“They start at 5 p.m. and sometimes go to midnight,” he said, adding that he has not attended any meetings in the past year but that if he survives the primary, he will attend more.
Hawkins mentioned he attended only one council meeting this year and provided a possible reason for lengthy meetings.
“It got pretty heated, I can tell you,”
Hirschi said he only attended the most recent council meeting but felt community participation is paramount.
“The Constitution is hanging by a thread in this country,” he said. “We need good citizens and good patriots.” he
Heideman couldn’t recall the exact number but had been to “quite a few,” and Christiansen said he attended a handful of meetings last year.
The state allows a councilmember to vote on issues even though a conflict of interest might be present. Morally, should members recuse themselves if their involvement has the appearance of a conflict?”
Christiansen said he is an attorney and practices some criminal defense, including defending individuals who receive speeding tickets.
“If I’m elected, I’ll have to let that part of my business go,” he said. “It wouldn’t be right for a councilman to be striking a deal with a prosecutor.”
The remaining candidates agreed that appearance of a conflict is sufficient for a councilmember to recuse himself.
Earlier in the Q&A, a question was directed specifically at Larson, asking if he considered it a conflict of interest to work for State Bank of Southern Utah, which loans money to developers.
“I consulted with the city attorney many times about this,” Larson said, adding that he sees no conflict provided he is not personally benefitting from a business deal. He said he declares publicly when he is involved in a project.
“If I have a personal stake, I must abstain,” he said.
Building on his earlier answer, when the question came up to all candidates, Larson said the key word is “morally.”
“I’m proactive and pro-business,” he said. “We all will be filing financial disclosures next week. We just need to be transparent.”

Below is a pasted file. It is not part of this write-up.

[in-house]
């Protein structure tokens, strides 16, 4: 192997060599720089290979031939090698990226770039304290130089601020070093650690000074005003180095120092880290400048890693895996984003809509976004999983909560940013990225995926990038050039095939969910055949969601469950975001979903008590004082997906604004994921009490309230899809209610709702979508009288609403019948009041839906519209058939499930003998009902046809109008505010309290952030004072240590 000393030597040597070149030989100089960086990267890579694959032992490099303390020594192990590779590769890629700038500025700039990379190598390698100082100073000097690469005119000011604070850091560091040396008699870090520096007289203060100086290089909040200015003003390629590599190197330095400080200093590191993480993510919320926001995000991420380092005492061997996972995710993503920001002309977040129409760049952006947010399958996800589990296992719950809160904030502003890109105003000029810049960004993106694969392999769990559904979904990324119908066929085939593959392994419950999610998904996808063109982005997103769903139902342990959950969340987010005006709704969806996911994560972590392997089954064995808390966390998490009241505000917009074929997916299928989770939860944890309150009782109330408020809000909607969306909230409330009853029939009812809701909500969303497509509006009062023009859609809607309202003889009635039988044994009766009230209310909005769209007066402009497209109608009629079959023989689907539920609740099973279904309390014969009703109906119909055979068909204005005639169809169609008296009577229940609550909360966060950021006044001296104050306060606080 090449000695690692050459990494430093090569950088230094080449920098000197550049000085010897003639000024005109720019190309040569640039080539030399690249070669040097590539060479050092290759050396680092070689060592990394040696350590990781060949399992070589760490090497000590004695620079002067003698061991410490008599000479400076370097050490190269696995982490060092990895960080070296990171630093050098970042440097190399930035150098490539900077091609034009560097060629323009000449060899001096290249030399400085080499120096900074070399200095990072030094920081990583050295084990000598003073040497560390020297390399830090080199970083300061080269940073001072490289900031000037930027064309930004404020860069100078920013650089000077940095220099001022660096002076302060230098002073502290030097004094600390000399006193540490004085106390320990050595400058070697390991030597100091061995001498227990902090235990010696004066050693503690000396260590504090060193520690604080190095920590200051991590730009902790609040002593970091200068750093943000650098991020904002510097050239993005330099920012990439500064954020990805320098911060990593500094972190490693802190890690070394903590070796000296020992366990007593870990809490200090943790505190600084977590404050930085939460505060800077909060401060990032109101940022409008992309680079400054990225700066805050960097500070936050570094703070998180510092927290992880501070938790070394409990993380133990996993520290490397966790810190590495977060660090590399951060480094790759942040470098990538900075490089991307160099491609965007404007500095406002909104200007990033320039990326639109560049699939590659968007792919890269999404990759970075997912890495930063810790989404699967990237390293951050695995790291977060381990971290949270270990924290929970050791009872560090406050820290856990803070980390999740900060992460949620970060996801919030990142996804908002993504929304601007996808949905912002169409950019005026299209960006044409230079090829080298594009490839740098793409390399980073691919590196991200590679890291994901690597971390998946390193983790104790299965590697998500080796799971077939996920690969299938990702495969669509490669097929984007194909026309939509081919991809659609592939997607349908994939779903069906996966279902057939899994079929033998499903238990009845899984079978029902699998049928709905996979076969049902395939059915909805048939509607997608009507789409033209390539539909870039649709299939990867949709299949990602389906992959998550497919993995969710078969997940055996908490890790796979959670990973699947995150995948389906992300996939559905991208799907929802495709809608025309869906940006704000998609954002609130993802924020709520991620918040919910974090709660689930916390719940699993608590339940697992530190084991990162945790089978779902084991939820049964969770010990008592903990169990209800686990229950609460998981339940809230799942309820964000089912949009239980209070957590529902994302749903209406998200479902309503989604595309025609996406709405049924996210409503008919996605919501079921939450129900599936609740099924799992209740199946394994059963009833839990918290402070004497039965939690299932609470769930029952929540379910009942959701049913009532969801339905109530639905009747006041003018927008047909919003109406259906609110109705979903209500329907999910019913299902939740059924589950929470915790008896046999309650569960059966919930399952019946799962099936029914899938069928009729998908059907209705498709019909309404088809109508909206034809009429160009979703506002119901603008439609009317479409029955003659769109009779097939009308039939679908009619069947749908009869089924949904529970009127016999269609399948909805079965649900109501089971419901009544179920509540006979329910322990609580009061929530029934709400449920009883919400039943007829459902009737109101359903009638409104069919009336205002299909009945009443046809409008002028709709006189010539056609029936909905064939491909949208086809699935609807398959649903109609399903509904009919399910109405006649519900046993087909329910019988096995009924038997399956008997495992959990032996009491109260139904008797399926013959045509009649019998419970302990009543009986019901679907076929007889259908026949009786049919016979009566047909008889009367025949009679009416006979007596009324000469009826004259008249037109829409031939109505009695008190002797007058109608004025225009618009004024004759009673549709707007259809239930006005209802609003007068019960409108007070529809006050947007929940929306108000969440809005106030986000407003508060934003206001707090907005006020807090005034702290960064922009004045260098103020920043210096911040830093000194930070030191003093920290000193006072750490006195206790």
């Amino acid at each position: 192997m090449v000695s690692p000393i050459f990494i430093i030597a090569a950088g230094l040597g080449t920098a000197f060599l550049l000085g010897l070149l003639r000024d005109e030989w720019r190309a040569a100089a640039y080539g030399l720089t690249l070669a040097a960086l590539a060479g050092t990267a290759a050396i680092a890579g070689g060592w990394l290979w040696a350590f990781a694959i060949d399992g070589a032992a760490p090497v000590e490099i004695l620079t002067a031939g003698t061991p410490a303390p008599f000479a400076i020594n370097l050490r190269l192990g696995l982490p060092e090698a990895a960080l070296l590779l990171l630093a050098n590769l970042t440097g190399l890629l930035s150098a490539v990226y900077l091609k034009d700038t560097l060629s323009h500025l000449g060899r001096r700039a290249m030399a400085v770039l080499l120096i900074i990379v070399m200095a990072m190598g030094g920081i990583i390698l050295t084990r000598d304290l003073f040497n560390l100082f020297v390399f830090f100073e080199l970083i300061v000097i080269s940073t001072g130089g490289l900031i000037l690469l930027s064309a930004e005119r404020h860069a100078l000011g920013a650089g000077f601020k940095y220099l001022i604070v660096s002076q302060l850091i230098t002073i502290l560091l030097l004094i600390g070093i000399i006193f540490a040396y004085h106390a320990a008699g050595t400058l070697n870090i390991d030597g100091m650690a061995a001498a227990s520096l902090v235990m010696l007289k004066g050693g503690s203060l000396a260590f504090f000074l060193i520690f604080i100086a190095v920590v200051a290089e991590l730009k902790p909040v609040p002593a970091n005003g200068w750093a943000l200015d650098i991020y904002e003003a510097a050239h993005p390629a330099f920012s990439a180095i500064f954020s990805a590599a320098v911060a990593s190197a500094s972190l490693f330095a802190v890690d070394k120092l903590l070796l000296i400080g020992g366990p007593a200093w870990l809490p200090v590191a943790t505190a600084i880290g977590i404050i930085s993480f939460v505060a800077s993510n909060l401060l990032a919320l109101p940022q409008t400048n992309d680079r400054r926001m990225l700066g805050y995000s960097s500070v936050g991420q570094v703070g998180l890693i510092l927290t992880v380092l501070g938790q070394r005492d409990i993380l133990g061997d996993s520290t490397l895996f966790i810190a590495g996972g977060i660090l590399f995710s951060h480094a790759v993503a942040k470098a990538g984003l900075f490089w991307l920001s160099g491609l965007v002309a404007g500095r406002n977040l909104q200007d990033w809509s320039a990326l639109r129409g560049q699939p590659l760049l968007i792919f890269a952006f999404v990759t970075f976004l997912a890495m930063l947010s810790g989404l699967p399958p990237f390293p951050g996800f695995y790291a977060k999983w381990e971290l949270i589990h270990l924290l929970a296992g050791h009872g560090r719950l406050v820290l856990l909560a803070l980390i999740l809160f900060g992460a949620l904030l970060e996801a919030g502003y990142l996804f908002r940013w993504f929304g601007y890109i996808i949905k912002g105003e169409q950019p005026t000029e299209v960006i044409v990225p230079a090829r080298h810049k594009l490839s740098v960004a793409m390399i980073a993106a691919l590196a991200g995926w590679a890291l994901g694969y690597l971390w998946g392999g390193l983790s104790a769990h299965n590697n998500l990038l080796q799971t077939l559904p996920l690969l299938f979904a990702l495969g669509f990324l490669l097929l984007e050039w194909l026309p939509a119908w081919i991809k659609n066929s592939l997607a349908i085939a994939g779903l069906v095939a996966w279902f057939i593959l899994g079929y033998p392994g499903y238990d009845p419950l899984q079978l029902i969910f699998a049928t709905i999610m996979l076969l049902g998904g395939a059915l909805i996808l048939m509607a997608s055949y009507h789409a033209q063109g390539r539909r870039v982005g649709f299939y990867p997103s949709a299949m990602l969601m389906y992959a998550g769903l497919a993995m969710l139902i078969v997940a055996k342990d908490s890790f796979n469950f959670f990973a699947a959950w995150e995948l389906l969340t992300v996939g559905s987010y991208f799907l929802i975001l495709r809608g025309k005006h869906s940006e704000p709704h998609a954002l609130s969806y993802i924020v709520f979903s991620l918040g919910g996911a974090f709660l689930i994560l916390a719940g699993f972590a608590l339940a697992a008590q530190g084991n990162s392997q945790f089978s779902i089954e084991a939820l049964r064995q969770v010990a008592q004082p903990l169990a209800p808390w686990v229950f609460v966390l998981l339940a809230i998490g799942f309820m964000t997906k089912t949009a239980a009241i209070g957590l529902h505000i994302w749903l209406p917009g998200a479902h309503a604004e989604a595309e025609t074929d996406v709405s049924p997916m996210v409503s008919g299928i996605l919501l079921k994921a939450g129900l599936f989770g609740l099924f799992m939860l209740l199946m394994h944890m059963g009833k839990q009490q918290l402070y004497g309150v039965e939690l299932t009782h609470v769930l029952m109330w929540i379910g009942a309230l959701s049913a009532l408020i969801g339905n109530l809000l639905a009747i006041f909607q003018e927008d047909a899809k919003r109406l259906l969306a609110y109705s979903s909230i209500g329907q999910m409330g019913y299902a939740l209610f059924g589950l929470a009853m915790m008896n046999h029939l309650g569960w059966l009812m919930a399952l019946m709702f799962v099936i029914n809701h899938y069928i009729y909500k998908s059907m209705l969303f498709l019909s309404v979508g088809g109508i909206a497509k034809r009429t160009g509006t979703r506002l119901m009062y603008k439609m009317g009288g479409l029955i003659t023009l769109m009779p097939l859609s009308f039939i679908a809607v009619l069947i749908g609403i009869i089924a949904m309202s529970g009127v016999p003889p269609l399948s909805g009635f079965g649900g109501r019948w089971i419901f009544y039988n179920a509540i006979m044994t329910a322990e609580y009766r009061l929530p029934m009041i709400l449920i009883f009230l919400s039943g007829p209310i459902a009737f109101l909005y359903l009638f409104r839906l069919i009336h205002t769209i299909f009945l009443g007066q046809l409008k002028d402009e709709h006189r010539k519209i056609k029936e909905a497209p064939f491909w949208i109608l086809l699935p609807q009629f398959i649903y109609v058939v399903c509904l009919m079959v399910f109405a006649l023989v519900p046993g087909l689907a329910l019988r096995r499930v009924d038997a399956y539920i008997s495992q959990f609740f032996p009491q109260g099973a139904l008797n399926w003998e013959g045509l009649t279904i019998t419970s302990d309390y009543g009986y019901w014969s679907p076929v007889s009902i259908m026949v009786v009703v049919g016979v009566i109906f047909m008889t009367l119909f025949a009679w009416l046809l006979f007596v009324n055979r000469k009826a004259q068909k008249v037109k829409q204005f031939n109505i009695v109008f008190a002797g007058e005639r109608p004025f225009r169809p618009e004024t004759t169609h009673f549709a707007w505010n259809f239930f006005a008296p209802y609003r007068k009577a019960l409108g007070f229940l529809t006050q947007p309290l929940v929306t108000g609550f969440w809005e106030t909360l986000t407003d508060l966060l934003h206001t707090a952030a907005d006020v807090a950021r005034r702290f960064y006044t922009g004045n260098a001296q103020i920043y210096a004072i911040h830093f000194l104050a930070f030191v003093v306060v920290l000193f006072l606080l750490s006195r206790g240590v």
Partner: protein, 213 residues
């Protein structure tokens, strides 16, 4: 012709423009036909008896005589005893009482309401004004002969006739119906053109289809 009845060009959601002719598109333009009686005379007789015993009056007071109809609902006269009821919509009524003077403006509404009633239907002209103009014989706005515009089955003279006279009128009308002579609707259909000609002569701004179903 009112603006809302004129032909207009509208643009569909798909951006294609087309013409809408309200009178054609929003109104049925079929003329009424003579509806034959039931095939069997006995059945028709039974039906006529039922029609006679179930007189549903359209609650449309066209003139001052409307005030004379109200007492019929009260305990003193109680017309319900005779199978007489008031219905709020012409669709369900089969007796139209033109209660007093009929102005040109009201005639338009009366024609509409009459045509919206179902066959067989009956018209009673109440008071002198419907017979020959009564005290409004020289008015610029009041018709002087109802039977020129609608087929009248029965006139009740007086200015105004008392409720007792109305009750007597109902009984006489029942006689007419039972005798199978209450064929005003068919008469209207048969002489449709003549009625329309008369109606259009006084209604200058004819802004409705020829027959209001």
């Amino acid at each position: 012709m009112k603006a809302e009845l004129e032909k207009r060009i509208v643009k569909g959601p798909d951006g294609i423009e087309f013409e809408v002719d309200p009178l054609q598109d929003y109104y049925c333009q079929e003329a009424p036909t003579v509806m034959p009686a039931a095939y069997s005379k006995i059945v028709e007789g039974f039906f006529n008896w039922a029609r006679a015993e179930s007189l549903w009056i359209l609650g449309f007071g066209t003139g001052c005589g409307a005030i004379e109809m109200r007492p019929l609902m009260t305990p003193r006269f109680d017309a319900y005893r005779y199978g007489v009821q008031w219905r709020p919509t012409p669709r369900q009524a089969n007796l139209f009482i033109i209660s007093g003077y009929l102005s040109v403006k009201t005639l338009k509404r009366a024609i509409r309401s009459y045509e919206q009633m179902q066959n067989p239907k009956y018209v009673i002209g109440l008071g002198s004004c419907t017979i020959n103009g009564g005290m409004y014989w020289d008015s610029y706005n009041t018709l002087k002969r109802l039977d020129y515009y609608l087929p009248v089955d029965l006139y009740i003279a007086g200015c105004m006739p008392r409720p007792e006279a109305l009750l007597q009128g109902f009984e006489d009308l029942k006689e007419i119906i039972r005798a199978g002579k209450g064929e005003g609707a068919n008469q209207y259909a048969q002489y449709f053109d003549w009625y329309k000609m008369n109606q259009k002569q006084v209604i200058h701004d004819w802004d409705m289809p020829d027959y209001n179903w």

Other direct candidate questions
As part of his campaign for a council seat, Hawkins promised he would fight for the silent majority. One resident asked what he meant by ‘the silent majority.’
While admitting there is not a blanket answer for this question, Hawkins said everyone has a voice, even if the elected official was not the preferred choice of the citizen.
“The voice of the silent majority is everyone’s voice,” he said. “Not just the voice of those who speak the loudest.”
Thomas, who was voted off the council four years ago due, in part, to the perception he ignored his constituents’ wishes, was asked if he had changed his attitude of if he felt still had ‘no responsibility to listen to the voters.’
Thomas said he had learned from his past mistakes and apologized for offending any of his voter base during his time on the council, but he said he believes in the idea of voter-mandated representation.
“That’s the way it works in this country,” he said. “We have a representative republic. If you don’t like the job they [representatives] are doing, vote them out.”
The city will hold its primaries for City Council on Aug. 10.
Ed. note: One of Heideman’s statements was clarified post-publication.
For all of St. George News’ coverage of 2021 municipal elections, click here.